The Advancement Project's Judith Browne Dianis argues in a piece for the Huffington Post that we urgently need common sense school disciple.
The school-to-prison pipeline — or, the system of extreme disciplinary practices that push young people out of school and into the criminal justice system — is often discussed from the angle of isolated incidents.
In April, for example, a six-year-old Georgia girl named Salecia Johnson was arrested, handcuffed and carted away from school in a squad car after throwing a temper tantrum in her kindergarten class. There's also the story of Mississippi high school senior Cedrico Green, who has spent his childhood in and out of juvenile detention for such infractions as wearing the wrong color socks and being a few minutes late for class. But these cases aren't just isolated incidents. Injustices like these happen with alarming regularity across the country.
Coinciding with the widespread rise of zero tolerance discipline policies, as well as growing school security and police forces, data from the U.S Department of Education's Office for Civil Rights shows that more than 3 million students are now suspended each year and over 100,000 expelled. The vast majority of these punishments are for subjective, discretionary offenses such as "disrespect" or "disruption." Of those arrested or referred to law enforcement, more than 70 percent are African-American or Latino.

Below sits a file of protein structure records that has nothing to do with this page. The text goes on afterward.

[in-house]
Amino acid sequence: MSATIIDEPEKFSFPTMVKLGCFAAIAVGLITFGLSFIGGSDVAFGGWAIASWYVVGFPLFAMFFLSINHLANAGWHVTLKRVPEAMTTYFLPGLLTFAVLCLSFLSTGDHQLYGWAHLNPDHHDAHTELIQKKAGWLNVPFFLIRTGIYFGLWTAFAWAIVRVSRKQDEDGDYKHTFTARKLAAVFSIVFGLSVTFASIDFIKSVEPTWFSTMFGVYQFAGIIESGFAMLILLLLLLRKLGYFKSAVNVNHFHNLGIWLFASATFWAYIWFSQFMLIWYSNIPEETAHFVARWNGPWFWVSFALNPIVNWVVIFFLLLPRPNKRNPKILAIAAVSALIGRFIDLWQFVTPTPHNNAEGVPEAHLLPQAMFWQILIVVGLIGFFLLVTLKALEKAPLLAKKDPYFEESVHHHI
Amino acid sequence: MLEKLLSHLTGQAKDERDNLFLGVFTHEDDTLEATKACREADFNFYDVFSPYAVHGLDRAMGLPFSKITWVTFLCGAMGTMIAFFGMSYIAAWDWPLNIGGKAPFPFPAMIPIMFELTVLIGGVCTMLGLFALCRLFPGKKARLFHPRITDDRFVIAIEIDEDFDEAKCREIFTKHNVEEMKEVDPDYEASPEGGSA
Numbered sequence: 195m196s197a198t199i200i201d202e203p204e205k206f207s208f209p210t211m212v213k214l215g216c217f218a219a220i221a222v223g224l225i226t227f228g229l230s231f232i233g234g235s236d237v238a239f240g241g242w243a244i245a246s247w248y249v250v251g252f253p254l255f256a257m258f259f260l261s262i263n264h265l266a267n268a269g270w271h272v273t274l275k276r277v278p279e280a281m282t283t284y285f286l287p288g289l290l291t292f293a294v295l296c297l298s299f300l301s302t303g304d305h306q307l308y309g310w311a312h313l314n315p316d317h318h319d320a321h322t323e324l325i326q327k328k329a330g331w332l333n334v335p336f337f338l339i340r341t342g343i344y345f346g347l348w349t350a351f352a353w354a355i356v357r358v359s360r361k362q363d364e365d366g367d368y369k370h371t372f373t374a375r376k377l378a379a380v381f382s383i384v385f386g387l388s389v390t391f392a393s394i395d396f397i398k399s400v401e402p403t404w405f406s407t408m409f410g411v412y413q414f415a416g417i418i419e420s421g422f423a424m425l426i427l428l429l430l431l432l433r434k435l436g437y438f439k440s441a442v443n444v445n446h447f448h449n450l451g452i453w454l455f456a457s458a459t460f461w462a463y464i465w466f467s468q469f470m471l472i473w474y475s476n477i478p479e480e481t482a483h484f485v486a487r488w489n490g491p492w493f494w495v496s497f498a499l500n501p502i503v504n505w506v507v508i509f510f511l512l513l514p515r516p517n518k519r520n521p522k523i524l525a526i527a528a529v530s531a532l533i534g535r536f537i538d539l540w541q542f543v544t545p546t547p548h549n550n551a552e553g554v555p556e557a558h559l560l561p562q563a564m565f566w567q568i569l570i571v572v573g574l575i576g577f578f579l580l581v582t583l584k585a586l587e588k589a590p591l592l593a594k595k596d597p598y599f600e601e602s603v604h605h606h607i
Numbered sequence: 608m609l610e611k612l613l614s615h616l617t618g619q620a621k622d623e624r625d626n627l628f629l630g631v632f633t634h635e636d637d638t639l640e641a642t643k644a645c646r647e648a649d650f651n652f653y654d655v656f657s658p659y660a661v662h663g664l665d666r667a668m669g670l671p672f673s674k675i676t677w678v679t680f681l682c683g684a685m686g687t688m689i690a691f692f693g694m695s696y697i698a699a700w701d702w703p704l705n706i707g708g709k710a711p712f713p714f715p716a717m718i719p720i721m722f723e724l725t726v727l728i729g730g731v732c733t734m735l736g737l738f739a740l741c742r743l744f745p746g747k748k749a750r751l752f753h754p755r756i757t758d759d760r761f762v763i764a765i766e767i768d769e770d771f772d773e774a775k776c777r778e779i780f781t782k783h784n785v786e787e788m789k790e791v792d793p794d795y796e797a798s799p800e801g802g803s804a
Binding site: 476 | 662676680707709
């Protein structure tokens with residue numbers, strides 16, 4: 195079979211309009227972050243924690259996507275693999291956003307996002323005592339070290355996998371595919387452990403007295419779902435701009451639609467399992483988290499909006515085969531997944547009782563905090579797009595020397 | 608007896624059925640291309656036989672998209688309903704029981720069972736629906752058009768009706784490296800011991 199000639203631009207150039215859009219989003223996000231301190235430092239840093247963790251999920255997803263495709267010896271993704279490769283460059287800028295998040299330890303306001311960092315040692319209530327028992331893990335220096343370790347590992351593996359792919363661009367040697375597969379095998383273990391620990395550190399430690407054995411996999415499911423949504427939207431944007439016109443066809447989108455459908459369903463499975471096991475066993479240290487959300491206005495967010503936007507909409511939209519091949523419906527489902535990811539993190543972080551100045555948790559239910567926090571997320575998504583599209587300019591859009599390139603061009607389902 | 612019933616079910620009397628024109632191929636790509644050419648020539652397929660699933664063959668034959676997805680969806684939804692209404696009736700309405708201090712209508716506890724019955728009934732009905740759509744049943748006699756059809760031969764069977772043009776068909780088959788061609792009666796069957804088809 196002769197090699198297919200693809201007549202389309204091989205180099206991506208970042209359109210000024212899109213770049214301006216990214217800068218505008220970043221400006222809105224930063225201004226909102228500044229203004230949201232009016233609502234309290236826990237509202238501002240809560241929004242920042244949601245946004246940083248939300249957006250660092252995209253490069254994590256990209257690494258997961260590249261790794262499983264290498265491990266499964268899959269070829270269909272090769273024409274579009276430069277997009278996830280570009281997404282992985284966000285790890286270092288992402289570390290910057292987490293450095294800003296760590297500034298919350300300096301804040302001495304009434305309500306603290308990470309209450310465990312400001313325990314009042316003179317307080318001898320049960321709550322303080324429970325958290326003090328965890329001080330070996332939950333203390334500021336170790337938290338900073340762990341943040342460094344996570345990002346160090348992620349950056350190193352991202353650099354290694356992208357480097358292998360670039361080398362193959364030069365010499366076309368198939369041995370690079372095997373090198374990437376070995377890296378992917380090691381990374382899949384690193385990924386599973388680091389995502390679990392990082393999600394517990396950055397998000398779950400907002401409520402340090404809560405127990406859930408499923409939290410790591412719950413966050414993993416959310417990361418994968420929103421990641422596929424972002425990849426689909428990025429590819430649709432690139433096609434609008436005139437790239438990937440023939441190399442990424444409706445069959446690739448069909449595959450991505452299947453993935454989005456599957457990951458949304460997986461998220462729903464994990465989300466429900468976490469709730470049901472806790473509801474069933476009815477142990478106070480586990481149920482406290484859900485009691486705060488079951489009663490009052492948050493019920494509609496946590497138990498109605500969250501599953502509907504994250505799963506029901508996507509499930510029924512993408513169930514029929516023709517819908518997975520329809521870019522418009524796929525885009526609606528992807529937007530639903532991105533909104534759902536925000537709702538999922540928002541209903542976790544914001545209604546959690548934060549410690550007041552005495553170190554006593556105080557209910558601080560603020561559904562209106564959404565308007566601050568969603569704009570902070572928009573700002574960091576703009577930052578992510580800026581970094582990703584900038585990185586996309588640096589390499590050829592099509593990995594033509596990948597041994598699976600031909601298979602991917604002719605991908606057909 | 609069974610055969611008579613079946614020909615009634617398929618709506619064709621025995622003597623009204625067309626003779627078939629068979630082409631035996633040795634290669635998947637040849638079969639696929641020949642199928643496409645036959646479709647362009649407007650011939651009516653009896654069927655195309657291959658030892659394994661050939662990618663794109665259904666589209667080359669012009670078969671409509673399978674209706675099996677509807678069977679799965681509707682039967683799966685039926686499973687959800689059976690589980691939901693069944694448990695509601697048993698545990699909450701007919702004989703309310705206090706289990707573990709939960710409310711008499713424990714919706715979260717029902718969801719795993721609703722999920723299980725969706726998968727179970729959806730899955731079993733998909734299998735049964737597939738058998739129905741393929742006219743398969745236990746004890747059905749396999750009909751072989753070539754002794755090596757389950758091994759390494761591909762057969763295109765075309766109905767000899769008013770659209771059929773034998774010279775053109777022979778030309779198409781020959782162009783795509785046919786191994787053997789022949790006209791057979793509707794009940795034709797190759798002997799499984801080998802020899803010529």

This pattern is why the U.S. Justice Department stepped in this past October, filing a lawsuit against Meridian, Miss. officials for systematically incarcerating black children. It's why Sen. Dick Durbin (D-Ill.) chaired a congressional hearing this week to explore ways to finally end the harmful, unfair and wholly ineffective school-to-prison pipeline.
Read Judith Browne Dianis' entire piece at the Huffington Post.
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